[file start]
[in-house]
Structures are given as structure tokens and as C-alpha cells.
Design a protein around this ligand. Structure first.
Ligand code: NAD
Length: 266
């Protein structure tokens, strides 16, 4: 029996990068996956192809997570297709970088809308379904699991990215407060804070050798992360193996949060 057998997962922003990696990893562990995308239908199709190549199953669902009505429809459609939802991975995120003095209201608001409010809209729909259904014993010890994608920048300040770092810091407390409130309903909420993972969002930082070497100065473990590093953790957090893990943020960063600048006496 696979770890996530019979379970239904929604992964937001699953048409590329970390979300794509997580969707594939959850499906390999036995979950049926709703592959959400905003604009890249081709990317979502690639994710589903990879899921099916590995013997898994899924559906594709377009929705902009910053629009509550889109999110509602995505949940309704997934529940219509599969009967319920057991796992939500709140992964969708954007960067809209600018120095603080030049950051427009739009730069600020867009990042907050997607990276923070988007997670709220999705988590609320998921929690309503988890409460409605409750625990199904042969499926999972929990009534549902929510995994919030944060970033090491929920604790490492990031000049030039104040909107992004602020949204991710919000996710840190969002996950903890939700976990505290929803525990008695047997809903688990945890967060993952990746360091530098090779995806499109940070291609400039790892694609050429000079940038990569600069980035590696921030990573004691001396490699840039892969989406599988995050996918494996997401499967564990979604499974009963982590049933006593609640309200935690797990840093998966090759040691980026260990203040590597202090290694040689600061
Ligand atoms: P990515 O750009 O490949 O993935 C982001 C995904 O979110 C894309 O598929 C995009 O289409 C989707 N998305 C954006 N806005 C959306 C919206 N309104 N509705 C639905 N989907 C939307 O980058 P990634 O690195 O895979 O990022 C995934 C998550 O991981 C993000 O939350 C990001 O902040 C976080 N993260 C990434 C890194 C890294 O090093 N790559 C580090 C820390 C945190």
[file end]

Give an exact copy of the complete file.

[in-house]
Structures are given as structure tokens and as C-alpha cells.
Design a protein around this ligand. Structure first.
Ligand code: NAD
Length: 266
């Protein structure tokens, strides 16, 4: 029996990068996956192809997570297709970088809308379904699991990215407060804070050798992360193996949060 057998997962922003990696990893562990995308239908199709190549199953669902009505429809459609939802991975995120003095209201608001409010809209729909259904014993010890994608920048300040770092810091407390409130309903909420993972969002930082070497100065473990590093953790957090893990943020960063600048006496 696979770890996530019979379970239904929604992964937001699953048409590329970390979300794509997580969707594939959850499906390999036995979950049926709703592959959400905003604009890249081709990317979502690639994710589903990879899921099916590995013997898994899924559906594709377009929705902009910053629009509550889109999110509602995505949940309704997934529940219509599969009967319920057991796992939500709140992964969708954007960067809209600018120095603080030049950051427009739009730069600020867009990042907050997607990276923070988007997670709220999705988590609320998921929690309503988890409460409605409750625990199904042969499926999972929990009534549902929510995994919030944060970033090491929920604790490492990031000049030039104040909107992004602020949204991710919000996710840190969002996950903890939700976990505290929803525990008695047997809903688990945890967060993952990746360091530098090779995806499109940070291609400039790892694609050429000079940038990569600069980035590696921030990573004691001396490699840039892969989406599988995050996918494996997401499967564990979604499974009963982590049933006593609640309200935690797990840093998966090759040691980026260990203040590597202090290694040689600061
Ligand atoms: P990515 O750009 O490949 O993935 C982001 C995904 O979110 C894309 O598929 C995009 O289409 C989707 N998305 C954006 N806005 C959306 C919206 N309104 N509705 C639905 N989907 C939307 O980058 P990634 O690195 O895979 O990022 C995934 C998550 O991981 C993000 O939350 C990001 O902040 C976080 N993260 C990434 C890194 C890294 O090093 N790559 C580090 C820390 C945190």